Source: Anole 1
Length of Segment: 00:01:15
Hi, I'm Dr. Jerry Jackson, out with the wild things. Among the most conspicuous of our native lizards is the green anole: a slender five to eight inch long lizard that runs along tree and shrub surfaces in search of insects and spiders. A green anole is easily recognized because of its slender appearance, long tail, long toes, long nose, and characteristic lime-green color above with white to green below. A male green anole has a conspicuous dewlap, loose skin that can be extended from the throat downward and projecting slightly forward, sticking out like the keel on a sailboat. In most of the range of the green anole, this dewlap is a strawberry-red. In South Florida, it can vary from red to pink to cream-colored and sometimes even to magenta, blue, or purple. Females have a dewlap too, and it's used in much the same way, but it is generally much less conspicuous. The male green anole sticks out his dewlap in a spectacular display that is often accompanied by bobbing up and down as if the lizard were doing push-ups. The bobbing and the dewlap are used as a warning display to defend a territory against a neighboring lizard or to court a mate.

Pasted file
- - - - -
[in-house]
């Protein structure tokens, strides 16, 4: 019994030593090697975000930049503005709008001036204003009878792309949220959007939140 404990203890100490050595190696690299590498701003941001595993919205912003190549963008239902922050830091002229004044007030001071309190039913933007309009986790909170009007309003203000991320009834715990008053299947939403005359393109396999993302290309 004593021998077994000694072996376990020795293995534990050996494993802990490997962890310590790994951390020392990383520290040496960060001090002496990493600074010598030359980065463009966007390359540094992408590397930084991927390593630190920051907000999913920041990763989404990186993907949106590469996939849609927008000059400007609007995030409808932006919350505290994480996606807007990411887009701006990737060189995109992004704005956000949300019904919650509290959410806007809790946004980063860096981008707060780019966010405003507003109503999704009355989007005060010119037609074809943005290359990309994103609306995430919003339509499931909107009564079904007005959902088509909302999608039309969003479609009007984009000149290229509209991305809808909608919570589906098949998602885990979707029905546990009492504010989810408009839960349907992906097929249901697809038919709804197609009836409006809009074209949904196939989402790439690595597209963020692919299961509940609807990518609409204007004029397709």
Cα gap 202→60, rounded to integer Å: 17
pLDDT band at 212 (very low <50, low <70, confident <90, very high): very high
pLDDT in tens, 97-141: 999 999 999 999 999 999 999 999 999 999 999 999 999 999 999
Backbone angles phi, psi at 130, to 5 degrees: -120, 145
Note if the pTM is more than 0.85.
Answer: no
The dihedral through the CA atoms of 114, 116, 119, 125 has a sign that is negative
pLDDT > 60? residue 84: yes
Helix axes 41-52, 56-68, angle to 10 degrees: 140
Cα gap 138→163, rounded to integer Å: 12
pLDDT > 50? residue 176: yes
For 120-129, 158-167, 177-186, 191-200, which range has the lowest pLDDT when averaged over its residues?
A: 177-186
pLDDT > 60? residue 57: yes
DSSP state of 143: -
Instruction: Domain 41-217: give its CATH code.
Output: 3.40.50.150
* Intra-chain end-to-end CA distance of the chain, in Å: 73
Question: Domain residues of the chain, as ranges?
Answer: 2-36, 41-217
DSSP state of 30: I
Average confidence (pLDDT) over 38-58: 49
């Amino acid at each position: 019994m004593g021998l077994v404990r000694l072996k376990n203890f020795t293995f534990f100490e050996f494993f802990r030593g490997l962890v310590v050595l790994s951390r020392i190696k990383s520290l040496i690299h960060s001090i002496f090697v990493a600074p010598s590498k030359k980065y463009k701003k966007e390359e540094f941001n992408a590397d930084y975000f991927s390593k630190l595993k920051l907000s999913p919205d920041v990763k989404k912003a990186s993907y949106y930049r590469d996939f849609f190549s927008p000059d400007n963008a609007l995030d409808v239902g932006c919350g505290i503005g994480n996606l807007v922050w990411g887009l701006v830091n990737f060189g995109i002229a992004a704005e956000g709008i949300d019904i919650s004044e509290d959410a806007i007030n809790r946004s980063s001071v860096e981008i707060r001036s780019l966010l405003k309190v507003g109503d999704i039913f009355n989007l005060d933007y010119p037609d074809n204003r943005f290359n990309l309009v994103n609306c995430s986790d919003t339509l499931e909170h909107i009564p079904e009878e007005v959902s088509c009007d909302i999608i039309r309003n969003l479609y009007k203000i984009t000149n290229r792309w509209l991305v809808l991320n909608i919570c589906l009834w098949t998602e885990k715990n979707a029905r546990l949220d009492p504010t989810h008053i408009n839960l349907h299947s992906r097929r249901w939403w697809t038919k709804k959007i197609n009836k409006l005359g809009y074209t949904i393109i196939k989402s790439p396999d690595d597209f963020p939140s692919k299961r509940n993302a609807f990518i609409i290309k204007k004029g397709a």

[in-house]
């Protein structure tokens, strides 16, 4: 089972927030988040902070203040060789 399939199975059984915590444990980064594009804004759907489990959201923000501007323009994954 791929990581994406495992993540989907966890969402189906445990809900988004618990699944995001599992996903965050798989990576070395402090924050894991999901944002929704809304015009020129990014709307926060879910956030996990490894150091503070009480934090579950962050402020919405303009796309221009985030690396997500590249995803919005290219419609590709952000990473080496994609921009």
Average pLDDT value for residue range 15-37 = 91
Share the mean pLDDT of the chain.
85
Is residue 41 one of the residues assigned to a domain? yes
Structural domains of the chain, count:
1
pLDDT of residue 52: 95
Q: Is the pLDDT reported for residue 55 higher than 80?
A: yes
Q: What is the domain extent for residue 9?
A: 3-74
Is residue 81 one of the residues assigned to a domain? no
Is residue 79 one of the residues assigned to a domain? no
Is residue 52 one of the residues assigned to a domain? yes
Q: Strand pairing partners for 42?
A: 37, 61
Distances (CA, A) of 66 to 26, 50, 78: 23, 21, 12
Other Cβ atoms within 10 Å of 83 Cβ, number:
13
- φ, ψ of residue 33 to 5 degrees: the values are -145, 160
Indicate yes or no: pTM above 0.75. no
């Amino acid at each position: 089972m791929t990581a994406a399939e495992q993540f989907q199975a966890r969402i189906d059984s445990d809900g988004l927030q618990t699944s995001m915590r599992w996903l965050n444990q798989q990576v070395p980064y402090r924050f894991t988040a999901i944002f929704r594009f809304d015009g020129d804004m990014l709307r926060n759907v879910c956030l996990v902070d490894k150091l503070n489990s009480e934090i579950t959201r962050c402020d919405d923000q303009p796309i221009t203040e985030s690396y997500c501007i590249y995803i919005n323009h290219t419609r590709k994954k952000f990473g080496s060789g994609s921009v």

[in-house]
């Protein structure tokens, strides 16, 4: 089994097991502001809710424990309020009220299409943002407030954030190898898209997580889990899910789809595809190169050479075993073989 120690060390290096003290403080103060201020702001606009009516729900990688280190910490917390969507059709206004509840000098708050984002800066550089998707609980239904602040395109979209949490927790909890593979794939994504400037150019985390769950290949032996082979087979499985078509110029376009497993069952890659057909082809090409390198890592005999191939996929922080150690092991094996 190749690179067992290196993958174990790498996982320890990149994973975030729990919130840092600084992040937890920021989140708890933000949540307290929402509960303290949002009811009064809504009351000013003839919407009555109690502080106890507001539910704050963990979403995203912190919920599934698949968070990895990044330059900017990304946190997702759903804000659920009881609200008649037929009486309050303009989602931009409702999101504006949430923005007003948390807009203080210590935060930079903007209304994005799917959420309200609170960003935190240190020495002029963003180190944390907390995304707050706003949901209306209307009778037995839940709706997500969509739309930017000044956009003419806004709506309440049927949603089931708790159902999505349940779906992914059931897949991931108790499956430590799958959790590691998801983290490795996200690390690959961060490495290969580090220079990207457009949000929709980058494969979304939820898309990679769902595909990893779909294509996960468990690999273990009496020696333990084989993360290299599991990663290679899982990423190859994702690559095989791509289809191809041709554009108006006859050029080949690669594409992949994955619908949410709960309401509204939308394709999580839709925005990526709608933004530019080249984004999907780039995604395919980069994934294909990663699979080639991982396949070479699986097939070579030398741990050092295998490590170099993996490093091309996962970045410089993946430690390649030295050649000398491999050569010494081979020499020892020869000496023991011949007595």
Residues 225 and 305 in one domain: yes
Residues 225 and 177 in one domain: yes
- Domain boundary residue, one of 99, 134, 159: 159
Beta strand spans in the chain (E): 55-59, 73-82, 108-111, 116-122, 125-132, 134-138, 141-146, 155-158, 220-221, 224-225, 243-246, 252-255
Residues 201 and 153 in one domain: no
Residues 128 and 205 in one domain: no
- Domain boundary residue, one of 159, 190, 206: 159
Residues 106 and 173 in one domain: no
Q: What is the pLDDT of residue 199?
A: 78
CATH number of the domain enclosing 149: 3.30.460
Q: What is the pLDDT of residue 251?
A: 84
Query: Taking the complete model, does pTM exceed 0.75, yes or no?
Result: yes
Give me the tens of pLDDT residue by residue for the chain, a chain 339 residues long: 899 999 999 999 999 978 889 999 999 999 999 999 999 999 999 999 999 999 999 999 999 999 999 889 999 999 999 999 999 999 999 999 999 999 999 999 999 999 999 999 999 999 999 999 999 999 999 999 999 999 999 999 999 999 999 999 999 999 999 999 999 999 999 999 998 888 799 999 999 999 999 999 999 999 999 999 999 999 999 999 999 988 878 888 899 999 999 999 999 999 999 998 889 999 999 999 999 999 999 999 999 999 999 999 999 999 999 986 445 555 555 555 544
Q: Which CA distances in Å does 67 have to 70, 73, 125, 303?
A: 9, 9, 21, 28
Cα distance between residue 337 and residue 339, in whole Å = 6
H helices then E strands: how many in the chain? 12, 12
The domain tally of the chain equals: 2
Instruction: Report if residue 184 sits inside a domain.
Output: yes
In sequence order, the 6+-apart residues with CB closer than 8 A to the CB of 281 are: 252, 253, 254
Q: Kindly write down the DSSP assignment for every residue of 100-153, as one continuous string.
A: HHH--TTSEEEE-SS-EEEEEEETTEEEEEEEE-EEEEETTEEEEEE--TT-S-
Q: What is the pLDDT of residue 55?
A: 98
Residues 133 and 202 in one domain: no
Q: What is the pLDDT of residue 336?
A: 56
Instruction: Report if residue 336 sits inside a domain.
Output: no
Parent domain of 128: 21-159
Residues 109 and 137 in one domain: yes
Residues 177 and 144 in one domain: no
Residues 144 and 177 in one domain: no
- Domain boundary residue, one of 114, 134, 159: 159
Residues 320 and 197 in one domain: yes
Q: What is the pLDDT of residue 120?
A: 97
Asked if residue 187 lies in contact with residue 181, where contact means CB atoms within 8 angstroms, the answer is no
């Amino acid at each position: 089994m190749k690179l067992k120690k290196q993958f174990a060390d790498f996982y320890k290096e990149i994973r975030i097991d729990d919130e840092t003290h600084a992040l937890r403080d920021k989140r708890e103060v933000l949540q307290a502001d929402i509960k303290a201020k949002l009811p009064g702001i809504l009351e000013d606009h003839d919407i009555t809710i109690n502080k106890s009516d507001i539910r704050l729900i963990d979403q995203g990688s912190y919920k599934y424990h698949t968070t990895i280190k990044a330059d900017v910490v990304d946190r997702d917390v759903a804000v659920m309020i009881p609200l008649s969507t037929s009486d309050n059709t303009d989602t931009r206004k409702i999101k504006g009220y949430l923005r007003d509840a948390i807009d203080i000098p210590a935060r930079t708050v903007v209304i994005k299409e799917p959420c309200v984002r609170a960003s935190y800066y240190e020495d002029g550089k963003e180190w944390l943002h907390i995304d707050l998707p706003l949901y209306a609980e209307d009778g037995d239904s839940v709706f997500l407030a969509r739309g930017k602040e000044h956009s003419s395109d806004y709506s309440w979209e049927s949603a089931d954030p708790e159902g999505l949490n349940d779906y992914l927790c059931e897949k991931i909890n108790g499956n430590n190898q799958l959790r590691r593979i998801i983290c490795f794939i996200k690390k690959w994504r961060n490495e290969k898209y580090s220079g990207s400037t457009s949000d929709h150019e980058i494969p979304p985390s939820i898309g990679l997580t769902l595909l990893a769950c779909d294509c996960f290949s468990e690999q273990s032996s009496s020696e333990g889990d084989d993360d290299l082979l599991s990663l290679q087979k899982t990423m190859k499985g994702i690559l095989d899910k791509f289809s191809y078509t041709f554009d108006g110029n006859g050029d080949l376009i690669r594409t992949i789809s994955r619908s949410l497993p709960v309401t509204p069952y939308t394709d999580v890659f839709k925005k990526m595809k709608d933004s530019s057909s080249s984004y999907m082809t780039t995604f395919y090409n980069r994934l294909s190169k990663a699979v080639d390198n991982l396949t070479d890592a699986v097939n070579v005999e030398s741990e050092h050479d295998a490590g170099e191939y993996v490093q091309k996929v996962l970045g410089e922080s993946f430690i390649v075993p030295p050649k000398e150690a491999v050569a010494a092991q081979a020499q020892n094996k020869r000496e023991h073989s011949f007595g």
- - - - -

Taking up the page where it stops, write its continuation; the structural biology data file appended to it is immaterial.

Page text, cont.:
'With the Wild Things' is produced at the Whitaker Center in the College of Arts and Sciences at Florida Gulf Coast University. For 'The Wild Things', I'm Dr. Jerry Jackson.
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